A couple weeks ago, I had the honor and pleasure of being a featured guest artist at the Crane School of Music at SUNY Potsdam. Hosted by the gracious Dr. Mark Hartman and his enthusiastic studio of 20-something trombonists, I was treated to some soul-cleansing experiences in my masterclass, piano rehearsal and recital with the fabulous David Heinick, and in private lessons with some of the students. On my 5-hr drive back to Buffalo, I kept catching myself humming and whistling some of the tunes from my recital. This is a bit abnormal, as usually when I finish a program, I put it out of my head and move on to the next project. I tend to program each recital from scratch rather than recycle most of the program, so my preparation is fairly involved starting a few months out. Hence, I’m usually ready to “turn the page”, so to speak.
However, this time was different. The melodies from my program have been sticking with me. The answer can really be found in the reason I chose these works to begin with: I LOVE THIS MUSIC!! I usually program music that I at least like, so why, this time around, are the melodies still welcome in my head after the performance is over?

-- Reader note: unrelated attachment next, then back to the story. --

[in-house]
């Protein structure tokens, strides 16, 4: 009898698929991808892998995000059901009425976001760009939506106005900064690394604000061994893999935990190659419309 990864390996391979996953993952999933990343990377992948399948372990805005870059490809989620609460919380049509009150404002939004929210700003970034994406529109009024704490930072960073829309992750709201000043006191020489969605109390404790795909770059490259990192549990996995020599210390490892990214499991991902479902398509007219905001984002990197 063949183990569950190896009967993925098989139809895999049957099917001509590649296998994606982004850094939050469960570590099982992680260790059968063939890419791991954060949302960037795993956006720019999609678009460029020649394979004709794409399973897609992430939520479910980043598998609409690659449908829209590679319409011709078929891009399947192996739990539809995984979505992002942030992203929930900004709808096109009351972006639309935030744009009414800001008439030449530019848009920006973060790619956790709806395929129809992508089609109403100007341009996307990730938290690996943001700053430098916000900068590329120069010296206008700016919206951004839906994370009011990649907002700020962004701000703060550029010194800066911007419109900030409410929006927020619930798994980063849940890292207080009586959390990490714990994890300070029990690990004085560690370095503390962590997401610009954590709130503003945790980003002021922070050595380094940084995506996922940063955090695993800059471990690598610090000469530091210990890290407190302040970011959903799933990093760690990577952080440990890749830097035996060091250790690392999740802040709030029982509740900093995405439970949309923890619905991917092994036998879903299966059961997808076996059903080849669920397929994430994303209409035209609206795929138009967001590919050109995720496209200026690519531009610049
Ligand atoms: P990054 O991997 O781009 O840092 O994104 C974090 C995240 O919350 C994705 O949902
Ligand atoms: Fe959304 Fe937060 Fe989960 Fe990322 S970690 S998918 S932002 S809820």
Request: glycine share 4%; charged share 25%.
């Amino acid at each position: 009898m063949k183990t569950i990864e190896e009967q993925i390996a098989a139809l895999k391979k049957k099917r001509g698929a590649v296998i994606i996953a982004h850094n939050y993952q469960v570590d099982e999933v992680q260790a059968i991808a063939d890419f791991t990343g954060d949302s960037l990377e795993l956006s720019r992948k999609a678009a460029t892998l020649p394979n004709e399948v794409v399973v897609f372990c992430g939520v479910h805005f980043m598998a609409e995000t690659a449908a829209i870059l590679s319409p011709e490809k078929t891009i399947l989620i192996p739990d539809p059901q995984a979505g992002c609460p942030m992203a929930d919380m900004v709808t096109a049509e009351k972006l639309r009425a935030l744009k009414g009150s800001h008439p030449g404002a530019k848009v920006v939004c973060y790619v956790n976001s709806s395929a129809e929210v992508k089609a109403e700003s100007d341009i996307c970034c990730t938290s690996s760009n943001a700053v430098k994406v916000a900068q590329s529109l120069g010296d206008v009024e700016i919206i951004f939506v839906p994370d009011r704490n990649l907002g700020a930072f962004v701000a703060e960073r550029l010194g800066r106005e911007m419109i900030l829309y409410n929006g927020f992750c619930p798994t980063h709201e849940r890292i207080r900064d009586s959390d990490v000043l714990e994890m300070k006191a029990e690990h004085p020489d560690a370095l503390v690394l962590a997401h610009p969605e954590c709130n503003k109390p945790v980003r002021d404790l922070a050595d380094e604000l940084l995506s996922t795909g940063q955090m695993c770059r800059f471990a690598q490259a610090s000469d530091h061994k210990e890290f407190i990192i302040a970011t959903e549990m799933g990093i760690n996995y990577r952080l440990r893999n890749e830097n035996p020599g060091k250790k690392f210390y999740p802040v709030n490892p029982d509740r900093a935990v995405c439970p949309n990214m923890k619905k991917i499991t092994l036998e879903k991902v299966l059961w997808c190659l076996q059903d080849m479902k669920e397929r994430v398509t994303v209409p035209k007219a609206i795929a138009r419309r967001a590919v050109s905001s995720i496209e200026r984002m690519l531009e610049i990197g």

As students and professional musicians, the bulk of our repertoire is chosen for us: by our teachers, our music directors, the contractor, etc. It is our job to bring these works to life, and we must take the role of an actor in sound, regardless of if we like the part or not. A great musician can do just that. But aside from a very select few soloists and chamber musicians, most of us do not get to choose the repertoire we perform. Even in many solo situations, the soloist does not have carte blanche over the choices, whether it’s a student programming a degree-required recital, a soloist with an orchestra/band, or someone hired to perform a specific type of music for a specific audience.